The art of tableau vivant is a new but extremely interesting technique. I’ve never heard of ‘living pictures’ before I discovered the creations of Sandy Skoglund (1946 – ). The Massachusetts native took the French idea of taking costumed actors and placing them in intricate sets and made it her own. Fuse together acting, photography, and painting and add some vibrant colors and you’ve got a Sandy sensation. Honestly, she’s one of the top 5 Art HERstory features in my opinion.
Sandy began her career at Smith College. Her studies included art history and studio art. While at Smith, she was granted the opportunity to study in Paris at the Sorbonne and Ecole de Lovure. She graduated in 1968. Sandy then continued her education at the University of Iowa where she earned her Bachelor of Arts and Master of Fine Arts in painting. In Iowa is where she became familiar with filmmaking, multimedia art, and printmaking.
Immediately after college, it was time to apply book smarts to the real world. Sandy’s conceptual artwork began in NYC. She became a self-taught photographer to have a photo trail of her life and art. It was at this point she began experimenting with repetition in her art which would eventually become her claim to fame.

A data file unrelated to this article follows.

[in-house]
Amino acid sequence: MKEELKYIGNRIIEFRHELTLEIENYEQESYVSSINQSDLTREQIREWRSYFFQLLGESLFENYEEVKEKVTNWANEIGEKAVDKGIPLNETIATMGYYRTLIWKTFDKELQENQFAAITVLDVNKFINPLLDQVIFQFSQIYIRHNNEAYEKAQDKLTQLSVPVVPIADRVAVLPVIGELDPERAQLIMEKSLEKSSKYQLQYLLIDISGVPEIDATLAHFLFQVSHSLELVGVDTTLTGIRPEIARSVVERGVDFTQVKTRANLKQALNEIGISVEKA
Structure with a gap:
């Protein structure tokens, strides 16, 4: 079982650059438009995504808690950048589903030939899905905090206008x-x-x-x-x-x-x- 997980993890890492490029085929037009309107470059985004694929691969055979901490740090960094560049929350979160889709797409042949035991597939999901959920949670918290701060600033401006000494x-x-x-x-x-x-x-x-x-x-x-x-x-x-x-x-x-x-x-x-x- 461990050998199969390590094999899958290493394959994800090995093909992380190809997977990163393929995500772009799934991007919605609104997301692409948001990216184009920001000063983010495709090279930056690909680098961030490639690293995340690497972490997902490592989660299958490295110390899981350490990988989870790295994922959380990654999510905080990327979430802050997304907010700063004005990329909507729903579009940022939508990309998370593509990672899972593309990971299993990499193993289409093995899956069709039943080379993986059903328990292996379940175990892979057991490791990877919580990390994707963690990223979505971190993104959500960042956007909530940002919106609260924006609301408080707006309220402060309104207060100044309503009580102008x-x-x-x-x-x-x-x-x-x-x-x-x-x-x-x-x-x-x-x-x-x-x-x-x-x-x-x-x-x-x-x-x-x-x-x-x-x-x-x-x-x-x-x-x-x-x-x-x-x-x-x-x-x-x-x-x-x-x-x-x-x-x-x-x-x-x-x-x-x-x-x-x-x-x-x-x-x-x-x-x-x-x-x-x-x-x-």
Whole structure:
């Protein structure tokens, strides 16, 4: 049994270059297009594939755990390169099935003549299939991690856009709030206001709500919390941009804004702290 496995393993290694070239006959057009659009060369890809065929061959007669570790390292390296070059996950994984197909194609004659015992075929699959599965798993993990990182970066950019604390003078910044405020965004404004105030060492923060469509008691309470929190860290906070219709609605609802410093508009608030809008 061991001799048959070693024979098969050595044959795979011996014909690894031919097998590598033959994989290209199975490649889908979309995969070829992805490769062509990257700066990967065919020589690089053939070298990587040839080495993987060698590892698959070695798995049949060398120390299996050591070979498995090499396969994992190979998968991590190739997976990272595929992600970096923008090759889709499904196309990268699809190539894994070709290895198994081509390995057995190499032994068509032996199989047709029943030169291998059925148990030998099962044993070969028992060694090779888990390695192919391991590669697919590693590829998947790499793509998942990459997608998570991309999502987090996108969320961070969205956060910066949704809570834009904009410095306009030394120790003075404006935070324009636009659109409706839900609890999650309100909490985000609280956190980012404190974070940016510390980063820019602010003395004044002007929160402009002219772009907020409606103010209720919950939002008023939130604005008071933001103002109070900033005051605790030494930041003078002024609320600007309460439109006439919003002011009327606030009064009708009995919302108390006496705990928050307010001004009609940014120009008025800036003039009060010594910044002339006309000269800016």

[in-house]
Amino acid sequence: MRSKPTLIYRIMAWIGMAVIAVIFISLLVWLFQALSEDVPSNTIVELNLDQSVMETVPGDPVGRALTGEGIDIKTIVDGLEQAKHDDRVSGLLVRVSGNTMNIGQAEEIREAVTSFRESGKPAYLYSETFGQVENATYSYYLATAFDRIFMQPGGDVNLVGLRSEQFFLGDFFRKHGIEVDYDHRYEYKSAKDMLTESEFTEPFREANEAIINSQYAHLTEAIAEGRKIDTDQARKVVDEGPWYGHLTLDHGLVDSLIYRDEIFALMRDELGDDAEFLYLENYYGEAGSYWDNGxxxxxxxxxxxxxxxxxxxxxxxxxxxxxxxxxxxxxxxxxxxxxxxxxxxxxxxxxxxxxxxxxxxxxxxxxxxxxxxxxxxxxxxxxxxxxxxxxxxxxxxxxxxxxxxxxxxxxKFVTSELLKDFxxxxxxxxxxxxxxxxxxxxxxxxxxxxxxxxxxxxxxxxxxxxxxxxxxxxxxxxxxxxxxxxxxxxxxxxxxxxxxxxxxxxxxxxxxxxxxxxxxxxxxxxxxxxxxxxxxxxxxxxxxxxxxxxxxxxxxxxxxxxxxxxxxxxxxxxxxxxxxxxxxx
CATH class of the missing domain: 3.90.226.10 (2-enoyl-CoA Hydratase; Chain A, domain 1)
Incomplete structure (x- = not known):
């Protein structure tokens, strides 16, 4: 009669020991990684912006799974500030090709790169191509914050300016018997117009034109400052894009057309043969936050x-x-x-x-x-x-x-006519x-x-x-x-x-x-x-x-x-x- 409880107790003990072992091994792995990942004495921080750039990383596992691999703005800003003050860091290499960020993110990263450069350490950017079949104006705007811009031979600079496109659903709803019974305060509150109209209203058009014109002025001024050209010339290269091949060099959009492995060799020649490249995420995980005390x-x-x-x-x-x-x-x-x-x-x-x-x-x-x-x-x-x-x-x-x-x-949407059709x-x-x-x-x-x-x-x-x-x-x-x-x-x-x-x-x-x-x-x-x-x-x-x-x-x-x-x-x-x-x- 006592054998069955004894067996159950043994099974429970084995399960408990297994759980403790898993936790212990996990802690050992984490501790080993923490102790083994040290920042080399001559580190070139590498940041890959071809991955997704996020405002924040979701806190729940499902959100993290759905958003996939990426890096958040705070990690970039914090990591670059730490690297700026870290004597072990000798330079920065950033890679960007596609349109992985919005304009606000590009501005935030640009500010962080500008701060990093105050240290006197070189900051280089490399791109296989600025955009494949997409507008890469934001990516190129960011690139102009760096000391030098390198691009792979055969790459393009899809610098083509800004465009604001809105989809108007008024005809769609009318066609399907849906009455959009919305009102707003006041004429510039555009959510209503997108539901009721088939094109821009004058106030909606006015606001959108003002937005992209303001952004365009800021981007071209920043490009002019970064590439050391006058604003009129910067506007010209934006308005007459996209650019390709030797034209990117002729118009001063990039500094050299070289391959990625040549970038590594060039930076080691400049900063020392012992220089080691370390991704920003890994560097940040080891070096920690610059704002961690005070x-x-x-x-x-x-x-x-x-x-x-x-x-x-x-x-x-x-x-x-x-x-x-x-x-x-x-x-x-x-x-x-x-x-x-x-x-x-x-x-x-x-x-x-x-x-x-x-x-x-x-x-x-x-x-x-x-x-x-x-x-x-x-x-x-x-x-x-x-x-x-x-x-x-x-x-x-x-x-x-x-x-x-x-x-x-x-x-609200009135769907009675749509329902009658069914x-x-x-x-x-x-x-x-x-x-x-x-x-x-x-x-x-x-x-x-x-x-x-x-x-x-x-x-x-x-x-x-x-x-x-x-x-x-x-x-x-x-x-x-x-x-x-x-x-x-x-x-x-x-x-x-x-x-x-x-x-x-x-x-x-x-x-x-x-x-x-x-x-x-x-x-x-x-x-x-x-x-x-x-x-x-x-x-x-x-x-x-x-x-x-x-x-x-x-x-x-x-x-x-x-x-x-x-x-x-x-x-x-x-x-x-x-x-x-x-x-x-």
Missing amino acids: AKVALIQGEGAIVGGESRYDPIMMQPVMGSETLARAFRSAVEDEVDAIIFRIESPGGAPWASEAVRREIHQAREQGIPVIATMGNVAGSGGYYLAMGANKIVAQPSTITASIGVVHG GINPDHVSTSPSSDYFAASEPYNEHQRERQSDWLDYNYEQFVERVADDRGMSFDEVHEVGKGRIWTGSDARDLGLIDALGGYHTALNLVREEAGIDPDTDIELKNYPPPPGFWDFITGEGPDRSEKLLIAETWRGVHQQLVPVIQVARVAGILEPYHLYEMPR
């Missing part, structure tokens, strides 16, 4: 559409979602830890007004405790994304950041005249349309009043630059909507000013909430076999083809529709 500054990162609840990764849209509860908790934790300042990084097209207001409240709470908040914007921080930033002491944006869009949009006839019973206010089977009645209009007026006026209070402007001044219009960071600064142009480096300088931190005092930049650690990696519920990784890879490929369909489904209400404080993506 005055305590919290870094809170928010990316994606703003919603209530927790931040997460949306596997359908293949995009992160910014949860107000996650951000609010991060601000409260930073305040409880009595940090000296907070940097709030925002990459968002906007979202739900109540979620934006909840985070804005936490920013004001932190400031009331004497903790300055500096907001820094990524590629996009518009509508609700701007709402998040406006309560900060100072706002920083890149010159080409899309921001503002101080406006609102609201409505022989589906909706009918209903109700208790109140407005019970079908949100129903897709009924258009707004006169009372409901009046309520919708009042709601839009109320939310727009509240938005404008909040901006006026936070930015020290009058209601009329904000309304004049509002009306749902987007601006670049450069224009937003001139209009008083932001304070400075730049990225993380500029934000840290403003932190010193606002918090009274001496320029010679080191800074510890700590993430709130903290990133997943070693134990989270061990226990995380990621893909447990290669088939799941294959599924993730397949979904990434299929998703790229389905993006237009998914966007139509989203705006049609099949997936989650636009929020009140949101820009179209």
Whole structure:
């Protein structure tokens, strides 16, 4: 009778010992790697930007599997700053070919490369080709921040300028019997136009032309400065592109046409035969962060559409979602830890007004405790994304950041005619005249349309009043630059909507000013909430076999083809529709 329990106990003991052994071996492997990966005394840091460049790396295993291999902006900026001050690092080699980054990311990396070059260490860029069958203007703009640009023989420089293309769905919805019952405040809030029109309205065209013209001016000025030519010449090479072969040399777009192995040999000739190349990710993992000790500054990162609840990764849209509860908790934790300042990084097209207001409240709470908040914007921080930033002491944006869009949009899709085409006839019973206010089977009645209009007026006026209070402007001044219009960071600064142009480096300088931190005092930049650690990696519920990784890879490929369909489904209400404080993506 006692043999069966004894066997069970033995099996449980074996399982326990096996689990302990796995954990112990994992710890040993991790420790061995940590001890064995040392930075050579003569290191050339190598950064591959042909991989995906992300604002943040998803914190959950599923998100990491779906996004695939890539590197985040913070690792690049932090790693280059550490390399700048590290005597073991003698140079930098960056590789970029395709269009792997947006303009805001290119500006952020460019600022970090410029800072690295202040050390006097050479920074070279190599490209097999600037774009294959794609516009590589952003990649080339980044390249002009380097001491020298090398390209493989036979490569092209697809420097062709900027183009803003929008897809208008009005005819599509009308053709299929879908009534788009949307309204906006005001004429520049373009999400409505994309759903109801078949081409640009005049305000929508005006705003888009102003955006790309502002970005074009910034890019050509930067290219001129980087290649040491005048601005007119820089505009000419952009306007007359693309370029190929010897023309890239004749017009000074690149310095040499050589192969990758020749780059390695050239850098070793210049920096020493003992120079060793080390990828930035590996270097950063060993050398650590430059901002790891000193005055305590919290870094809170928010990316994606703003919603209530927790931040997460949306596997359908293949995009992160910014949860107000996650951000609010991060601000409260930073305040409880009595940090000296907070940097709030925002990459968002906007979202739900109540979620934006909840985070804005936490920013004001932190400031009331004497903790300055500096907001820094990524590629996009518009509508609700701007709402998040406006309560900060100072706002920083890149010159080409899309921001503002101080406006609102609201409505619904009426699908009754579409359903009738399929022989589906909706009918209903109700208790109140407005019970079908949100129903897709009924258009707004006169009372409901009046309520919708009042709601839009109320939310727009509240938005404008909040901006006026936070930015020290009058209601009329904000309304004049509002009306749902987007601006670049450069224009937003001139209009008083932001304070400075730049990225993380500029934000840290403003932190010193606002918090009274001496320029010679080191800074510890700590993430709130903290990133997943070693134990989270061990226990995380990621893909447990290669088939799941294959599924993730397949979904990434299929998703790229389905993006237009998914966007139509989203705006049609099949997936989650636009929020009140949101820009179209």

Tableaux art requires a lot of time and attention to detail. Sandy’s sets normally take years to create and shoot. Each set is meticulously planned and every aspect of set is carefully placed by hand. The last, and signature, piece of tableax are the live people who never speak or move during the photography of the set.
Sandy’s sets are easily identified by their bright, contrasting colors of monochromatic scheme. I think the color layouts for the sets are influenced by her infatuation with popular culture during the 1960s and 1970s. Lets remember, Sandy and Andy Warhol were creating during the same time.
Sandy had all she needed to become a successful artistic icon. She did just that. The brainstorm began and 1972 and hasn’t stopped since. She created non-stop and her works have been exhibited in the Museum of Contemporary Photography, San Francisco Museum of Modern Art, and Dayton Art Institute.
Sandy recently put down the camera and began teaching. She was a professor at the University of Hartford from 1973-1976. She now teaches photography and art instillation/multimedia at Rutgers University.
Image Layout: Phaymiss
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